Just as cogent as it is to assume that prior experience in M&A has a positive effect on future performance, it is easy to think that the counterbalance is some form of indulgent acquisition excess. While academics might disagree on the impact of factors, they would all agree that apart from the specter of value destruction, the pitfalls of serial acquisition do not have a single theme. Reading through their papers, acquisition overreach has many possible explanations.
- The Indigestion Hypothesis proposes that the short time period between acquisitions adversely affects acquirers that quickly execute multiple acquisitions. Each subsequent acquisition results in worse performance than the previous acquisition, because the acquirer becomes less able to integrate successfully.
- The Hubris Hypothesis is something I touched on in week 38 with the notion of a mythical ‘managerial kiss’. Managers in the acquiring firm assume that they can manage the target firms’ resources better than current management. Overconfidence drawn from previous success leads them to overpay for their targets, be less careful in their choice of targets, and/or take on too much debt to pay for targets.
- The Mean Reversion Hypothesis argues that acquirers that initially do well at acquisition are unable in subsequent acquisitions to maintain the above average takeover performance. Since acquiring firms generally outperform the market prior to the merger, the underperformance subsequent to the merger may merely be a result of the mean-reversion in long horizon returns on individual stocks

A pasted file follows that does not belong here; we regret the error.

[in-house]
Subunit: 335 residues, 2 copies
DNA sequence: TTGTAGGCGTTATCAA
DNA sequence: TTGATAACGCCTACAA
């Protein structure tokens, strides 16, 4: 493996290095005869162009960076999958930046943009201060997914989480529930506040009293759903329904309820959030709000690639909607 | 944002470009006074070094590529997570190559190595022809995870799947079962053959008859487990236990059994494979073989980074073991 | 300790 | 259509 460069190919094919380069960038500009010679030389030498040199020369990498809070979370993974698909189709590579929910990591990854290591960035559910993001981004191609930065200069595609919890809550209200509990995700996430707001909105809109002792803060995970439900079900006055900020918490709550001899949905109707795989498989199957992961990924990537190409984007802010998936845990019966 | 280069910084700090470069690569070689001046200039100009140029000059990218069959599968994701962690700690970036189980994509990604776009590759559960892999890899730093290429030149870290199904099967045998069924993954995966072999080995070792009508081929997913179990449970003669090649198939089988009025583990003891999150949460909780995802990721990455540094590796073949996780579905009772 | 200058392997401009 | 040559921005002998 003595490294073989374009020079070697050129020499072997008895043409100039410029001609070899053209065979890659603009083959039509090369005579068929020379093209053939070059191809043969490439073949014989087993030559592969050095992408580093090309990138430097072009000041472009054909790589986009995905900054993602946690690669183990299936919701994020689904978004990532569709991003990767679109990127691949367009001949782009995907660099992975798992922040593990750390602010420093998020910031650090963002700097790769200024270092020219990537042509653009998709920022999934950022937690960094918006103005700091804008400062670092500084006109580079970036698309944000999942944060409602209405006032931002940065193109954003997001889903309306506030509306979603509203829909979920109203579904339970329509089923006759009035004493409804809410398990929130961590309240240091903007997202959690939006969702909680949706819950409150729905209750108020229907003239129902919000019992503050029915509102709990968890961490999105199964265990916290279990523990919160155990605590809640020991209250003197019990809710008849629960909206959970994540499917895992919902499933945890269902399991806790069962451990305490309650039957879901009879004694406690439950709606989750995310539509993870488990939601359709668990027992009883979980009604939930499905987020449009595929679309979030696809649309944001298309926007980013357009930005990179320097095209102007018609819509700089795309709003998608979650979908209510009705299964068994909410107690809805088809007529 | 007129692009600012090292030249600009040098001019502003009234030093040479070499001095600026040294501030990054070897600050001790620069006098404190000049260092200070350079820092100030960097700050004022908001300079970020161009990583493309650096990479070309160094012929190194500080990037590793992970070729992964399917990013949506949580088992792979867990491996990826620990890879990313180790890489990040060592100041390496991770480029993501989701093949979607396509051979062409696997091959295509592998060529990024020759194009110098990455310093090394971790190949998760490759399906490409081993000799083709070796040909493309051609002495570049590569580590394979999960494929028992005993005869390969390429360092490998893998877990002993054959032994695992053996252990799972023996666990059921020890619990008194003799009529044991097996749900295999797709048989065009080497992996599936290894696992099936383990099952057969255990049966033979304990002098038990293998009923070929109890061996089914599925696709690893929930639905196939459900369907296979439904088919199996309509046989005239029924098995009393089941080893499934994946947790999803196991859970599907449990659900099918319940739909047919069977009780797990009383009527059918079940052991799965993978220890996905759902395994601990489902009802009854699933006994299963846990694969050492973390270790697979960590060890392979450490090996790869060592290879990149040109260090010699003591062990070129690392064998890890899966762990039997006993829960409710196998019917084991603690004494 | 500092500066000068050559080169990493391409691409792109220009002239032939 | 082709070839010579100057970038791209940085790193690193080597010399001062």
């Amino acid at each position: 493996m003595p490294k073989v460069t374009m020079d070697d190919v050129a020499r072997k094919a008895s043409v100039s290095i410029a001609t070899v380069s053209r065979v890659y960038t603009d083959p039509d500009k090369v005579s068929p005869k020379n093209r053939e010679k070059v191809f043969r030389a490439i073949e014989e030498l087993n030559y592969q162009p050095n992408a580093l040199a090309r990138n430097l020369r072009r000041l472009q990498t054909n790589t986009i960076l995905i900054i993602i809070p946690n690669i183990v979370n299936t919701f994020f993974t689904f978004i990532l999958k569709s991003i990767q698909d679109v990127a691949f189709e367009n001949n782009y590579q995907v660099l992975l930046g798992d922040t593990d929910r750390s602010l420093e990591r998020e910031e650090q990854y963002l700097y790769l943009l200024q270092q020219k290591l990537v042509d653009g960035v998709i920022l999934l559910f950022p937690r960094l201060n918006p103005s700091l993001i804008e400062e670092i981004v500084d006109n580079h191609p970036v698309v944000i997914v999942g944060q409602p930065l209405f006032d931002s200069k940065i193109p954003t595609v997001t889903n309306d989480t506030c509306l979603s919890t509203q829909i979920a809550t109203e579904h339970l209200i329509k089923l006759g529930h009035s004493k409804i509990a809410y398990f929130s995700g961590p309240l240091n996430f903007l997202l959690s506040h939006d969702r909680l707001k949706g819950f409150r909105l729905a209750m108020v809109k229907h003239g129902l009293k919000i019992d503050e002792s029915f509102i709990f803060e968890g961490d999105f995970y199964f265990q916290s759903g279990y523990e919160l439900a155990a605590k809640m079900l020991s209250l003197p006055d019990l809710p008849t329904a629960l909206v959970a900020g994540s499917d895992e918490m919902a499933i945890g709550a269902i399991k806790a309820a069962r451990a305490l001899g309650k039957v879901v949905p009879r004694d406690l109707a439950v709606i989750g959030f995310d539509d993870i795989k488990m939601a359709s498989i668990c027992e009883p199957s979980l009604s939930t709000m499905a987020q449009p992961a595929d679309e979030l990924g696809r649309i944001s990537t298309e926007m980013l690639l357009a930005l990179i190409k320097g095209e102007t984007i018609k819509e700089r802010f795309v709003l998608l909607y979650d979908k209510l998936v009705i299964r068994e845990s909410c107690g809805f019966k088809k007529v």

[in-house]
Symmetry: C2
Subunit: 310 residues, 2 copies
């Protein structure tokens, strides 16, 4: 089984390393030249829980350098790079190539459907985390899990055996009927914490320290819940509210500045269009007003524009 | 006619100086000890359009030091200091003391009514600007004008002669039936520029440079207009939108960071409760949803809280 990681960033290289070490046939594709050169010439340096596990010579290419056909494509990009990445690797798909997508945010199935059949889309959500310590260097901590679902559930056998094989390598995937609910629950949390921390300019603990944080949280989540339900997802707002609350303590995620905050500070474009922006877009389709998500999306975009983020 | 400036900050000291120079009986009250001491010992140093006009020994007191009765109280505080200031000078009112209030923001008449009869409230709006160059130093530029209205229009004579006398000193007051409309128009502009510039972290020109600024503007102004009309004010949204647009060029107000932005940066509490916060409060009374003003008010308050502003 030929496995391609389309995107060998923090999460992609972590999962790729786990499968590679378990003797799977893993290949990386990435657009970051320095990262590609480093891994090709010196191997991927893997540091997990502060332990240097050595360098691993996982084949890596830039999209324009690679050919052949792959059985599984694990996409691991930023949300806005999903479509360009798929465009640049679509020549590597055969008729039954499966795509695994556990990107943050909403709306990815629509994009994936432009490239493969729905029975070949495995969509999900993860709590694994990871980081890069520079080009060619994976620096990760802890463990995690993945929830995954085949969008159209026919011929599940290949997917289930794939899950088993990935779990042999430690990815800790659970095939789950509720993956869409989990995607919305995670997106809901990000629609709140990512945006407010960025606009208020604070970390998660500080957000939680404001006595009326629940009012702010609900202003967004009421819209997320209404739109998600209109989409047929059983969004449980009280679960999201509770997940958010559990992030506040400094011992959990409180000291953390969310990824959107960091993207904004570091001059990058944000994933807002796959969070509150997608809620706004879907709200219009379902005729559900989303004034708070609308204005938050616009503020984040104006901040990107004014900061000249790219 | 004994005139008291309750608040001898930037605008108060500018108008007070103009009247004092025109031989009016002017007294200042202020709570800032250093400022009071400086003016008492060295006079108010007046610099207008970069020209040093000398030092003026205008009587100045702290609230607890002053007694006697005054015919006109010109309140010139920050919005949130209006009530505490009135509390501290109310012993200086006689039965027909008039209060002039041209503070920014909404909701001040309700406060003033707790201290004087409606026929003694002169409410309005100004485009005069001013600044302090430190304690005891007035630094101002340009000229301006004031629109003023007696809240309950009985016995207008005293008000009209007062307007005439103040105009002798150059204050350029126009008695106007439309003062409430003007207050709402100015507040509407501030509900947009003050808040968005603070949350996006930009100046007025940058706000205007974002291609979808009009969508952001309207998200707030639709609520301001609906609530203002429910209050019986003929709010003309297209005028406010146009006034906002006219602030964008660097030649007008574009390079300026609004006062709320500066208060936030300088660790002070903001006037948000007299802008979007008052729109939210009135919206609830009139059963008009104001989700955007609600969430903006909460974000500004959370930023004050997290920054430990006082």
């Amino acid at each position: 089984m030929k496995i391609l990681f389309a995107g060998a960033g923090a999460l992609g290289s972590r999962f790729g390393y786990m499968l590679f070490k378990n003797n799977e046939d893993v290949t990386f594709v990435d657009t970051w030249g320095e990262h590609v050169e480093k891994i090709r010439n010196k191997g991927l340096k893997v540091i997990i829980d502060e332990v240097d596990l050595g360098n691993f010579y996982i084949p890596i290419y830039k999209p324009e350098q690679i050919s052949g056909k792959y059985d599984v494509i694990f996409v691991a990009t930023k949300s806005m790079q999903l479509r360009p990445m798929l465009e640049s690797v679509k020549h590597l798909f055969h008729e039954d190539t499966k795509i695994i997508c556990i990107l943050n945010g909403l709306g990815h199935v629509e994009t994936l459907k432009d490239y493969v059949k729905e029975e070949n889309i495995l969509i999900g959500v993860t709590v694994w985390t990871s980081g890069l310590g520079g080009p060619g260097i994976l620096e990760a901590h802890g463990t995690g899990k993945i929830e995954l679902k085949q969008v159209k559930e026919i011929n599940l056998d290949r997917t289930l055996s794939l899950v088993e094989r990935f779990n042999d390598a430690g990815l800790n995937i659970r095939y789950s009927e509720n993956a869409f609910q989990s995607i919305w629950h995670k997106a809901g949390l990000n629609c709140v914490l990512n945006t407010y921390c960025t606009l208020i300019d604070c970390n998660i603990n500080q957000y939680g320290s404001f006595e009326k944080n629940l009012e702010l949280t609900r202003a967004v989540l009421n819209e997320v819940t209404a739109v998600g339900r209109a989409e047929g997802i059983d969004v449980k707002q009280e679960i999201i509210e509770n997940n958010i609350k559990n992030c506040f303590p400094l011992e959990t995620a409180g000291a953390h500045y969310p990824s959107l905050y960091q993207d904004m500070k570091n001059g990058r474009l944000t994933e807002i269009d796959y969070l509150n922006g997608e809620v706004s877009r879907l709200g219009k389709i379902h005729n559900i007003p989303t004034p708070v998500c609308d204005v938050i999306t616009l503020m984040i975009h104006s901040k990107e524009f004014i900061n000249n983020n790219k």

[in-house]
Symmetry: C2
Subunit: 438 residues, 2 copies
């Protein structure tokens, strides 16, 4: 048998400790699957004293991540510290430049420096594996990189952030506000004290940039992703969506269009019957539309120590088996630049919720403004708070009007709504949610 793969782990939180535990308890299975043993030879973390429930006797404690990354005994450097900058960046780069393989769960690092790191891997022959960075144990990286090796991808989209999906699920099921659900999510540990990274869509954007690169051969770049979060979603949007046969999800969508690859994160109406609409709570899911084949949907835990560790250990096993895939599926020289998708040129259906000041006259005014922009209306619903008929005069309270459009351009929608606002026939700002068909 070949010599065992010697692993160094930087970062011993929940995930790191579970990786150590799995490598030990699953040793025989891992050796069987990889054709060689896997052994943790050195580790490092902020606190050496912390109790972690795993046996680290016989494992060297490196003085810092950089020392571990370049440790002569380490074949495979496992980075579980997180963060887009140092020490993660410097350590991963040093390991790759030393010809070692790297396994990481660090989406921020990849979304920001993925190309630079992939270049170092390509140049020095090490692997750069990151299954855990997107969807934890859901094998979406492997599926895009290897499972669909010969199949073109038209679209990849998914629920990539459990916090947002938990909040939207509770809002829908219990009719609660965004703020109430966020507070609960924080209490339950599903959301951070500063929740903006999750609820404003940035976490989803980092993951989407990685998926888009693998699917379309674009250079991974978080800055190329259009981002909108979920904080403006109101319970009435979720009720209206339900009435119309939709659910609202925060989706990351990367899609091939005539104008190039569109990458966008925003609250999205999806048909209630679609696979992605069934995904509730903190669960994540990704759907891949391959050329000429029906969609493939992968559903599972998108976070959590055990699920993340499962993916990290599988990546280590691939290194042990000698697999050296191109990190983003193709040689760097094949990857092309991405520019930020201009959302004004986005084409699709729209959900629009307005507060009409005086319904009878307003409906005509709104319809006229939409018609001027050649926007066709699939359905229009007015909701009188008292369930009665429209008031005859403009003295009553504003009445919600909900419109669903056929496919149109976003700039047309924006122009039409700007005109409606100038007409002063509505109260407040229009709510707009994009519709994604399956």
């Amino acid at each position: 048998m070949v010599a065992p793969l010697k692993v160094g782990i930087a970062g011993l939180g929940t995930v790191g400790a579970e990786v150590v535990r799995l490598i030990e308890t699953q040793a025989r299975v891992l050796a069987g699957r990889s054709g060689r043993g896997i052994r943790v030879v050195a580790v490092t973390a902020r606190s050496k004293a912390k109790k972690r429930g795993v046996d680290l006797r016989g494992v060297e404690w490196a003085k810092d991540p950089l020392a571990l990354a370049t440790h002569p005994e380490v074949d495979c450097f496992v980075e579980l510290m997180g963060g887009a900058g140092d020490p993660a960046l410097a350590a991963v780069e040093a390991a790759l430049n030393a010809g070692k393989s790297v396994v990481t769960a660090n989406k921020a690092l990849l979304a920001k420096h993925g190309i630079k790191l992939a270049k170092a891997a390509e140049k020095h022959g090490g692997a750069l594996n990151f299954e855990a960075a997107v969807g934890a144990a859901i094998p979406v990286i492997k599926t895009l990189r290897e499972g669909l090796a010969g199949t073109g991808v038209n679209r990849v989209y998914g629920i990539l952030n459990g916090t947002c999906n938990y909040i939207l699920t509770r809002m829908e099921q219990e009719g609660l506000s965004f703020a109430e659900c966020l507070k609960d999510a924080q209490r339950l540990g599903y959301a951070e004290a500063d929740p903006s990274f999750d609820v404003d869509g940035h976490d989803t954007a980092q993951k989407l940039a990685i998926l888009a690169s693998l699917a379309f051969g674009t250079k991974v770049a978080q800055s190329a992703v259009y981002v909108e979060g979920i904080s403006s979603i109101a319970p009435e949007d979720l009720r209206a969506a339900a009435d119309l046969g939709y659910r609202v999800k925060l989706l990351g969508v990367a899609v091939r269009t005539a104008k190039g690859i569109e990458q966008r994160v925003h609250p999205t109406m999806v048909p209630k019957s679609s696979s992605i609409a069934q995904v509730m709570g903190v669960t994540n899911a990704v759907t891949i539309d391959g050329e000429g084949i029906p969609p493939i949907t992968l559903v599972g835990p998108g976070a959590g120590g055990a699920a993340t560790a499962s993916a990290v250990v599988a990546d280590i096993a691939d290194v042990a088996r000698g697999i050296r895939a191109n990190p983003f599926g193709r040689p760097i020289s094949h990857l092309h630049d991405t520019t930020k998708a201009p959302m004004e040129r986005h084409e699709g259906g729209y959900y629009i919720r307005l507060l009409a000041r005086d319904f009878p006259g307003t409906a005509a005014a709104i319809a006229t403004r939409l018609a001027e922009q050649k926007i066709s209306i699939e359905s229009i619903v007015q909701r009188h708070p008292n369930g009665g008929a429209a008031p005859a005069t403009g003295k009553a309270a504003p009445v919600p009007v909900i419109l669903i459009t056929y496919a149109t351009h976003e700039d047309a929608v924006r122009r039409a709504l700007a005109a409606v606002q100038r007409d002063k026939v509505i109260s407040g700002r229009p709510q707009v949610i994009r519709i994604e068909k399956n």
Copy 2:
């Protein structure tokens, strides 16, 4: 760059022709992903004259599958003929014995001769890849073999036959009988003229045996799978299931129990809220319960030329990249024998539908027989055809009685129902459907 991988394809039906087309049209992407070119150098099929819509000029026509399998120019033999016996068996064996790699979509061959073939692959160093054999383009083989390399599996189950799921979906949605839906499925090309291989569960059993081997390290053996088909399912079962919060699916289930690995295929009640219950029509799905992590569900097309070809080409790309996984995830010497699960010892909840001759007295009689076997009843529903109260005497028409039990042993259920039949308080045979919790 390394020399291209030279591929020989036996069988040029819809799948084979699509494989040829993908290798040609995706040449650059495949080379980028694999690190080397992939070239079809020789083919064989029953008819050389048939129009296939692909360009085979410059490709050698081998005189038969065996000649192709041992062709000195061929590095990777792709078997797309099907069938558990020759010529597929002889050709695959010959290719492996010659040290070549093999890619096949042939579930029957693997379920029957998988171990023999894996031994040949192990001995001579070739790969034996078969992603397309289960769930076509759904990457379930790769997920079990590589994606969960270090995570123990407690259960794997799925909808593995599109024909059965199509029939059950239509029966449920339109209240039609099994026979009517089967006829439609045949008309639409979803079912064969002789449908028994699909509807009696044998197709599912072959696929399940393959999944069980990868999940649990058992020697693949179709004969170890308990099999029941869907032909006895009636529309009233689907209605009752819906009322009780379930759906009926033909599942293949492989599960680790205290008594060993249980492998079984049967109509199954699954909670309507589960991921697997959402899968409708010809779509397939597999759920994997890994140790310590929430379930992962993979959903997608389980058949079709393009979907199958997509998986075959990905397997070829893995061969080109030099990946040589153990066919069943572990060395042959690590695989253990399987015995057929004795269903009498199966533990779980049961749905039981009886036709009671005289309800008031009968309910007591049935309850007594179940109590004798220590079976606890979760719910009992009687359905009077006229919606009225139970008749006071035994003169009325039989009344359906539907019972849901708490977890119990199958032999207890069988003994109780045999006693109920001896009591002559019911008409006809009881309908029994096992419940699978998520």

- The Diminishing Returns Hypothesis applies the diminishing efficiency of investment schedule to the firm’s acquisition programme. It argues that the best opportunities are taken first and so the decreasing attractiveness of the investment opportunity set means that value derived from subsequent deals are bound to decline over time.
- The Bid Learning Hypothesis is another explanation for such a positive relation between the time between deals and acquisition performance. It argues that improved bidding capabilities by the executive leads to a higher number of successful bids, which in turn rationally increases their willingness to pay, which ultimately leads to a decreasing return pattern.
- The Merger Programme Announcement Hypothesis proposes that that part of the overall performance effect of an M&A programme is already incorporated into a bidder’s share price. Should the market respond favourably to a first transaction announcement, when a second acquisition is announced, then there is some announcement gain since it is now a known event, but part of the value was already discounted in the share price.
So an interesting question would be under which conditions managers can navigate through these possible tendencies and learn how to acquire successfully again and again.